DENVER — Contrary to published reports, industry experts said they do not expect beef prices at the retail level to be affected much as a result of regional storms that caused cattle prices to increase slightly.
Similar storms in previous years did not have much effect on retail prices, said Joe Schuele, spokesman for the National Cattlemen's Beef Association here and Kevin Good, senior analyst at Englewood, Colo.-based Cattle-Fax, a member-owned information organization serving producers in all segments of the cattle business. For example, they noted a 1997 storm claimed 30,000 head of cattle, but did not impact beef prices.
“Retail prices tend to be more stagnant,” Good said. “Retailers don't like to change their prices that much. There really isn't a good correlation to say we had a storm in the panhandle of Texas, Kansas and Colorado and because of that, the consumers are going to have to pay more for beef. That typically isn't the case.”
Other segments of the industry will eat the costs, Good said.
“It's the producer that tends to filter the cost, and actually right now, the packing industry is also affected,” he said. “You can see that in the reduction in slaughter levels or production in the past few weeks. They've gone dark a number of hours just because their margins aren't there. The middlemen are absorbing the loss. In this case, it's the producer, the feedlot operator and, to some degree, the packer.”
There have been serious problems with ice, sleet and power outages from Texas to Nebraska, which are major cattle-producing areas, Schuele said. As a result of the bad weather, it has been difficult and expensive to get feed to the surviving cattle, let alone increase their weight. Even though many cattle will survive, this will cause a delay in getting them ready for the market as well as increases in production costs and difficulty getting the cattle to achieve their expected weight.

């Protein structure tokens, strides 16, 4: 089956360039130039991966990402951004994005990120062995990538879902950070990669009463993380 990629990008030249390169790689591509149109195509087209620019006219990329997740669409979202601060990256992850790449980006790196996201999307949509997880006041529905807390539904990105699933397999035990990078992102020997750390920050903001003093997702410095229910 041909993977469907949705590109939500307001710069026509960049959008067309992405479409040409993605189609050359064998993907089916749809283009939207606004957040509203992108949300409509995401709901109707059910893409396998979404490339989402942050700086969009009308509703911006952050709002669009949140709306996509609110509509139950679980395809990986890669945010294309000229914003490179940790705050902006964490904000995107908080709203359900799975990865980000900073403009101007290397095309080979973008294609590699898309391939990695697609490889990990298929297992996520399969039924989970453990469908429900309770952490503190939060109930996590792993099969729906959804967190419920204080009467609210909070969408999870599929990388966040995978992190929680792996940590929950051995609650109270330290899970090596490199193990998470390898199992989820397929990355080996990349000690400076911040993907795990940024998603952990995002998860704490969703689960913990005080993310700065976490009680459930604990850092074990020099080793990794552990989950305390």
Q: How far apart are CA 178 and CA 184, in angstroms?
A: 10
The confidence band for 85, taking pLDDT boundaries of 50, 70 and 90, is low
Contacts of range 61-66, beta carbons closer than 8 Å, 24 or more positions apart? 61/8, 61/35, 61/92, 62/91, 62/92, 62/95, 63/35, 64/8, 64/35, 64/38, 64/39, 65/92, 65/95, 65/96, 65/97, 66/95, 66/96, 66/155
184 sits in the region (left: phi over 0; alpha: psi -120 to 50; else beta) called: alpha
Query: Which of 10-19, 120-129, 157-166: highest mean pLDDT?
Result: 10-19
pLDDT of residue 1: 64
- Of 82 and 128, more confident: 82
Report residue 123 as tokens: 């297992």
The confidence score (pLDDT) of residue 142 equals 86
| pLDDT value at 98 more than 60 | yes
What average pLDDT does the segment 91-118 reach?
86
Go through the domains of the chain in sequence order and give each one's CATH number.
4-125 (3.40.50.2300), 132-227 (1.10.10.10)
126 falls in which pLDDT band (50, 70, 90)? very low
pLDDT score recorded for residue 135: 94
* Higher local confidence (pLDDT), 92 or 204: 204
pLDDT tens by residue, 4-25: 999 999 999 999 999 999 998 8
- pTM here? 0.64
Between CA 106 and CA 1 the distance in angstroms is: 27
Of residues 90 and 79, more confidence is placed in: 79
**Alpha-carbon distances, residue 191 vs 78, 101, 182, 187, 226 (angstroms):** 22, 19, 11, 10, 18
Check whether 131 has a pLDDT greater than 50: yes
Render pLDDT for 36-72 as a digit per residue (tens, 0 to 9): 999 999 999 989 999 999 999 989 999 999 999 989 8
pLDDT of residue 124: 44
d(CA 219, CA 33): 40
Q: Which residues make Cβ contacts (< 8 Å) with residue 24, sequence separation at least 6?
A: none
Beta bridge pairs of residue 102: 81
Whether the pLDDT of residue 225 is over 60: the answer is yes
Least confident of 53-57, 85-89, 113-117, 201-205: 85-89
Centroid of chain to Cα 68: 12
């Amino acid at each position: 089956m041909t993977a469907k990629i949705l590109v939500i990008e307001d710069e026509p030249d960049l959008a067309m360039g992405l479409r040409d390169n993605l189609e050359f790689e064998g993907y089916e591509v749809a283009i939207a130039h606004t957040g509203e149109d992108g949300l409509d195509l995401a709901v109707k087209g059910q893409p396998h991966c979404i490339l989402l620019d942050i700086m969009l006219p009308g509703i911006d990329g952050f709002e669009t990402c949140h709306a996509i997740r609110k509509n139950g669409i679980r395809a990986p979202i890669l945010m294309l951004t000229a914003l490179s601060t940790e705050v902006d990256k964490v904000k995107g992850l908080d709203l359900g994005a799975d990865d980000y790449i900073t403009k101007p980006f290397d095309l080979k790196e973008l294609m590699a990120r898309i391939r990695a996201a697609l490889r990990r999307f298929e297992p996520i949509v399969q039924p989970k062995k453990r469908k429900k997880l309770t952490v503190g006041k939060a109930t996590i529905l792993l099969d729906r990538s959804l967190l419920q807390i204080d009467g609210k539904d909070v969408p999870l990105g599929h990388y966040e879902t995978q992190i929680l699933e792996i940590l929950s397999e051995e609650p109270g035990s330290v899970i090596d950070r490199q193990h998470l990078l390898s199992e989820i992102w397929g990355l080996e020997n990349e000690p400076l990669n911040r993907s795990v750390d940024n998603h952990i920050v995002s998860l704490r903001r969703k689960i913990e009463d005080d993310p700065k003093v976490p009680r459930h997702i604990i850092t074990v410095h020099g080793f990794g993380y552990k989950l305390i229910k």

“On the feedlot level, it is really going to depend on how passable the roads are and whether [the ranchers'] power has been restored in terms of getting them back into operations. For the ranchers, we're still in kind of a search-and-recovery mode,” Schuele said.
“So there's just been a kind of good news and bad news — the cattle that they've been able to find and get feed to are in pretty good condition, but there are an awful lot of them that have not been found and the window of opportunity to help them is narrowing pretty quickly.”
State officials have estimated 3,500 cattle lost in Colorado alone.
However, Good said the actual amount is probably higher, but it will be a while before ranchers find all the carcasses.
“In the feedlots alone, there have been several thousand deaths,” Schuele said. “The ranchers are not going to have a count on that for quite some time, so I don't think that we really have an accurate count on the death losses yet.”
The industry will eventually recover from this, the experts agreed.
“Where we're hit the hardest in the cattle feeding region, a lot of the cattle will just not perform as expected for the next 30, 60, 90 days,” Good said. “They're still going to be lighter than expectations, probably all the way into the spring, just because they've been damaged, so to speak. Then the next set of cattle that are placed, assuming there's no more [bad] weather through the end of the winter, you get more normal production out of them.”